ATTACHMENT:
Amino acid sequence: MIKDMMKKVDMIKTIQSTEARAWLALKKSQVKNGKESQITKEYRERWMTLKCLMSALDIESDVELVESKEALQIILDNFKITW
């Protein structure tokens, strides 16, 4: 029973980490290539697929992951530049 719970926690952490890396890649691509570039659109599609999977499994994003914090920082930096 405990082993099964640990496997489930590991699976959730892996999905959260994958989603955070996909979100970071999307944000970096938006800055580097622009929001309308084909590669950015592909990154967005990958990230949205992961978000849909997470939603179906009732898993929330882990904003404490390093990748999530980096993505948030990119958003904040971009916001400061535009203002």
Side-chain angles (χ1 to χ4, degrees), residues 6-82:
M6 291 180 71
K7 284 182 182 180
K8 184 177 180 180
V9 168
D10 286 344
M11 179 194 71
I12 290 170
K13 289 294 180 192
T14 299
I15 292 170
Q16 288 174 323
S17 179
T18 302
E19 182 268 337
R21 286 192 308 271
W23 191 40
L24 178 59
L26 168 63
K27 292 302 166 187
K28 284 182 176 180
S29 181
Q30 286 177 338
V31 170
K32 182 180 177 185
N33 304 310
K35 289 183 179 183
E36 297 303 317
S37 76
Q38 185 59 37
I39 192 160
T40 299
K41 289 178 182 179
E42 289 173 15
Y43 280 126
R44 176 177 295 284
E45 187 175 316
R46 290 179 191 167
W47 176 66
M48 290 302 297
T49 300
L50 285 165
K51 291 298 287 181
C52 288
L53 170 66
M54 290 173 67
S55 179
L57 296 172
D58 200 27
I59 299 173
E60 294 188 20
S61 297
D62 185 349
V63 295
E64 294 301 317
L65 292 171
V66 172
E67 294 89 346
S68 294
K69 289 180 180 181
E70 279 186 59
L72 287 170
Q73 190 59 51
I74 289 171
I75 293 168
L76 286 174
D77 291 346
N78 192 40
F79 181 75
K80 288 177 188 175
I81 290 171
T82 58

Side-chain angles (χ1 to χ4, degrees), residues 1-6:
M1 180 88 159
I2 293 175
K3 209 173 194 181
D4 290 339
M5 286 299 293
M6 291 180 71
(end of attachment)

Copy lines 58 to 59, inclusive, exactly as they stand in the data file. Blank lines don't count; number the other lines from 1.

L65 292 171
V66 172